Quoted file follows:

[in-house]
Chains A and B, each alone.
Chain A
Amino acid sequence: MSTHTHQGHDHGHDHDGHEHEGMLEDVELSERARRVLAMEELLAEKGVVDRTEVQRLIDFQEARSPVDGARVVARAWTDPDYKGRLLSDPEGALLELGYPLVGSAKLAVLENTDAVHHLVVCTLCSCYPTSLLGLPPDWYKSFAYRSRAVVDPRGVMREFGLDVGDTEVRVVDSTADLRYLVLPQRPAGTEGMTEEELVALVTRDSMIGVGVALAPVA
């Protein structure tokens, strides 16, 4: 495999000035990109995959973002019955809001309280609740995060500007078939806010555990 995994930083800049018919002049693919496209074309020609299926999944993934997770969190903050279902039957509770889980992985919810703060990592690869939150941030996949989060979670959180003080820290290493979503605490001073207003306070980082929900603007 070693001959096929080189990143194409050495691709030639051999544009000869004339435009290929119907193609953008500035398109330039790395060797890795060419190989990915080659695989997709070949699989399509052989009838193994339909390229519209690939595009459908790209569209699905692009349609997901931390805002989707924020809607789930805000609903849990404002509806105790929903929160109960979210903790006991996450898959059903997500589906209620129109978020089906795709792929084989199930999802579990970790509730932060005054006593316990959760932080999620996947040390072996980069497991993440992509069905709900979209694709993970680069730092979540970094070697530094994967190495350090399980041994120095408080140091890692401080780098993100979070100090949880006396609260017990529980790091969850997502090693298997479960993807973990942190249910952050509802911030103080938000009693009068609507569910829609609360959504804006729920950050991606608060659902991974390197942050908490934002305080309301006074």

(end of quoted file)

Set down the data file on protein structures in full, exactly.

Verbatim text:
[in-house]
Chains A and B, each alone.
Chain A
Amino acid sequence: MSTHTHQGHDHGHDHDGHEHEGMLEDVELSERARRVLAMEELLAEKGVVDRTEVQRLIDFQEARSPVDGARVVARAWTDPDYKGRLLSDPEGALLELGYPLVGSAKLAVLENTDAVHHLVVCTLCSCYPTSLLGLPPDWYKSFAYRSRAVVDPRGVMREFGLDVGDTEVRVVDSTADLRYLVLPQRPAGTEGMTEEELVALVTRDSMIGVGVALAPVA
């Protein structure tokens, strides 16, 4: 495999000035990109995959973002019955809001309280609740995060500007078939806010555990 995994930083800049018919002049693919496209074309020609299926999944993934997770969190903050279902039957509770889980992985919810703060990592690869939150941030996949989060979670959180003080820290290493979503605490001073207003306070980082929900603007 070693001959096929080189990143194409050495691709030639051999544009000869004339435009290929119907193609953008500035398109330039790395060797890795060419190989990915080659695989997709070949699989399509052989009838193994339909390229519209690939595009459908790209569209699905692009349609997901931390805002989707924020809607789930805000609903849990404002509806105790929903929160109960979210903790006991996450898959059903997500589906209620129109978020089906795709792929084989199930999802579990970790509730932060005054006593316990959760932080999620996947040390072996980069497991993440992509069905709900979209694709993970680069730092979540970094070697530094994967190495350090399980041994120095408080140091890692401080780098993100979070100090949880006396609260017990529980790091969850997502090693298997479960993807973990942190249910952050509802911030103080938000009693009068609507569910829609609360959504804006729920950050991606608060659902991974390197942050908490934002305080309301006074």